Biochemistry. 2015 Jun 23;54(24):3784-90. doi: 10.1021/acs.biochem.5b00068.

Molecular Determinants of N-Acetylglucosamine Recognition and Turnover by N-Acetyl-1-D-myo-inosityl-2-amino-2-deoxy-α-D-glucopyranoside Deacetylase (MshB).


Xinyi Huang1 and Marcy Hernick1,2*

1Department of Biochemistry, Virginia Tech, Blacksburg, VA 24061; 2Department of Pharmaceutical Sciences, Appalachian College of Pharmacy, Oakwood, VA 24631



Actinobacteria such as Mycobacterium tuberculosis use the unique thiol mycothiol (MSH) as their primary reducing agent and in the detoxification of xenobiotics. N-Acetyl-1-D-myo-inosityl-2-amino-2-deoxy-α-D-glucopyranoside deacetylase (MshB) is the metal-dependent deacetylase that catalyzes the deacetylation of N-acetyl-1-D-myo-inosityl-2-amino-2-deoxy-α-D-glucopyranoside, the committed step in MSH biosynthesis. We previously used docking studies to identify specific side chains that may contribute as molecular determinants of MshB substrate specificity [Huang, X., and Hernick, M. (2014) Biopolymers 101, 406-417]. Herein, we probe the molecular basis of N-acetylglucosamine (GlcNAc) recognition and turnover by MshB using a combination of site-directed mutagenesis and kinetic studies (mutants examined, L19A, E47A, R68A, D95A, M98A, D146N, and F216A). Results from these studies indicate that MshB is unable to catalyze the turnover of GlcNAc upon loss of the Arg68 or Asp95 side chains, consistent with the proposal that these side chains make critical hydrogen bonding interactions with substrate. The activity of the D146N mutant is ∼10-fold higher than that of the D146A mutant, suggesting that the ability to accept a hydrogen bond at this position contributes to GlcNAc substrate specificity. Because there does not appear to be a direct contact between Asp146 and substrate, this effect is likely mediated via positioning of other catalytically important residues. Finally, we probed side chains located on mobile loops and in a hydrophobic cavity and identified two additional side chains (Met98 and Glu47) that contribute to GlcNAc recognition and turnover by MshB. Together, results from these studies confirm some of the molecular determinants of GlcNAc substrate specificity by MshB, which should aid the development of MshB inhibitors.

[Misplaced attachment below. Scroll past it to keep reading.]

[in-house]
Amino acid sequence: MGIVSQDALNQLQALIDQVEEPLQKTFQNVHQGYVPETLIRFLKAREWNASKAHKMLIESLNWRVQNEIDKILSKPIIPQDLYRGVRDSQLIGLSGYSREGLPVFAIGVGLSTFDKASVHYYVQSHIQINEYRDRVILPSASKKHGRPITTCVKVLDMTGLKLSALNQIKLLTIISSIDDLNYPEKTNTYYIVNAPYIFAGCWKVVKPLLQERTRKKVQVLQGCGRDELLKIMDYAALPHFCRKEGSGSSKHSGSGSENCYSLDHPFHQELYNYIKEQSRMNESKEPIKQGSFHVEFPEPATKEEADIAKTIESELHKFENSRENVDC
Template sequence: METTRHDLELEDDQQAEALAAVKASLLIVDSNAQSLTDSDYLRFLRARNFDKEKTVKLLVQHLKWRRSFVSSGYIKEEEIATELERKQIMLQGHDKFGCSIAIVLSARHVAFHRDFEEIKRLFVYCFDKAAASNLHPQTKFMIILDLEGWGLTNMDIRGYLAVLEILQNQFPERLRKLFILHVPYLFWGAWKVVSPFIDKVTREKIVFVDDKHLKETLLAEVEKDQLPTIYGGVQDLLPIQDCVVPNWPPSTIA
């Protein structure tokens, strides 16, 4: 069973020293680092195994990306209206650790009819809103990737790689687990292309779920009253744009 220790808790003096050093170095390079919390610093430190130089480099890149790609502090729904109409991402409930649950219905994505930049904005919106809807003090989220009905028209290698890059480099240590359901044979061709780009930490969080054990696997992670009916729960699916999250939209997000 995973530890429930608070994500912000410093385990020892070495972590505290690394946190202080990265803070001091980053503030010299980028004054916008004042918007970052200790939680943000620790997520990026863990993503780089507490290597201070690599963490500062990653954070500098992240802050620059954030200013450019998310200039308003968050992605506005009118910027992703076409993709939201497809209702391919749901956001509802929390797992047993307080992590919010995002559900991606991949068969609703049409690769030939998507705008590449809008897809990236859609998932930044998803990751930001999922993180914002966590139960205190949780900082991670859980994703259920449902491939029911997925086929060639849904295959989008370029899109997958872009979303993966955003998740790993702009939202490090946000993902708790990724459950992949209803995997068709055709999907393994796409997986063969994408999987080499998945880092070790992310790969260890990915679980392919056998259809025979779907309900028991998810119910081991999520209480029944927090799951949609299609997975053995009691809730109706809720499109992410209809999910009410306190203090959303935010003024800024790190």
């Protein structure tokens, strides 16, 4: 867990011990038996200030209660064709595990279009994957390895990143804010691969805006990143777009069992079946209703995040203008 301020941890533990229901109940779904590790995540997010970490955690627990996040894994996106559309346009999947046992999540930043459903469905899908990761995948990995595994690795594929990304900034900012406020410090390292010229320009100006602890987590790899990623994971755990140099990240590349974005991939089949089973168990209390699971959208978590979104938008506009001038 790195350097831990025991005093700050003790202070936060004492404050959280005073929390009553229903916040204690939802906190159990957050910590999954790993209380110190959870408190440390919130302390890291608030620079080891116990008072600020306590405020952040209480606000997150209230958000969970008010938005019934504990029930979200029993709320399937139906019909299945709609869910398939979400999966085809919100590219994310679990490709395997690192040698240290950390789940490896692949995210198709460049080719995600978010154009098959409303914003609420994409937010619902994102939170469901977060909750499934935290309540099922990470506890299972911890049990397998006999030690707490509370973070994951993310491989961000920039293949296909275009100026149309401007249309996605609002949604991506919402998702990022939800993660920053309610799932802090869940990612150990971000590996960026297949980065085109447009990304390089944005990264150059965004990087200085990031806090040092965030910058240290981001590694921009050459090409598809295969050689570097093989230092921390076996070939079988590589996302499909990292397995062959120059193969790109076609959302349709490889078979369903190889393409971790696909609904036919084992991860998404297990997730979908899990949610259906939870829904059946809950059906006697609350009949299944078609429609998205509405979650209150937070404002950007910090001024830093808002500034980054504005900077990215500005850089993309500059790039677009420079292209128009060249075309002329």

PMID: 26024468


Additional Information

Tuberculosis (TB) is a disease that results from infection with the organism Mycobacterium tuberculosis. Although there are antibiotics available to treat TB, this disease continues to present a challenge and there were 1.5 million deaths worldwide attributed to TB in 2013.1 One of the difficulties in treating TB is the increasing presence of multidrug resistant (MDR)-TB with the number of patients diagnosed with MDR-TB tripling between 2009 and 2013.1

To tackle the problems associated with MDR-TB, new antibiotics are needed. Since antibiotic resistance is often linked with the drug target, drugs that act upon untapped targets are necessary. One potential source of targets in M. tuberculosis is the mycothiol biosynthetic and detoxification pathways.2,3 These pathways serve critical protective roles in the bacteria, shielding these organisms from our natural defense systems. Therefore, if we can discover a way to block the production of key metabolites in these pathways, we could restore the ability of our immune system to eradicate these organisms.

The work in this paper focuses on an enzyme (MshB) involved in an important step in the production of mycothiol. The goal of this project was to identify key interactions between MshB and ligands that could be exploited in the future for drug development. We previously used computational studies to predict potential enzyme-ligand interactions.4 In the current manuscript, we sought to confirm the predicted interactions using biochemical assays.

The side chains of seven amino acids that were predicted to make important interactions (e.g., ionic, hydrophobic, hydrogen bonding)4 were mutated to Ala and the effect on substrate turnover by MshB was measured using kinetic assays. Results from these studies confirm the importance of four side chains (Arg68, Asp95, Met98, Asp146), as mutation of these side chains significantly decreases the rate of substrate turnover by MshB indicating their importance for ligand recognition (Figure 1). Additionally, these studies have identified one side chain (Glu47) whose removal enhances turnover by MshB. We propose that this side chain is involved in regulating access to the enzyme active site.

The work described in this study has identified several key interactions that contribute to the recognition of ligands by MshB. Importantly, this work lays the foundation for the development of potent and specific MshB inhibitors that have the potential to serve as antibiotics for the treatment of TB.




Figure 1. Model of substrate (N-acetylglucosamine) binding to MshB (PDB 4EWL).



  1. WHO Global Tuberculosis Report, 2014.
  2. Hernick, M. Mycothiol, a target for potentiation of rifampin and other antibiotics against M. tuberculosis. Expert Review of Anti-Infective Therapy 2013, 11, 49-67
  3. Nilewar, S. S.; Kathiravan, M. K. Mycothiol: A promising antitubercular target. Bioorg. Chem. 2014, 52, 62-68
  4. Huang, X.; Hernick, M. Automated Docking Studies Provide Insights Into Molecular Determinants of Ligand Recognition By N-acetyl-1-D-myo-inosityl-2-amino-2-deoxy-α-D-glucopyranoside deacetylase (MshB). Biopolymers 2014, 101, 406-417



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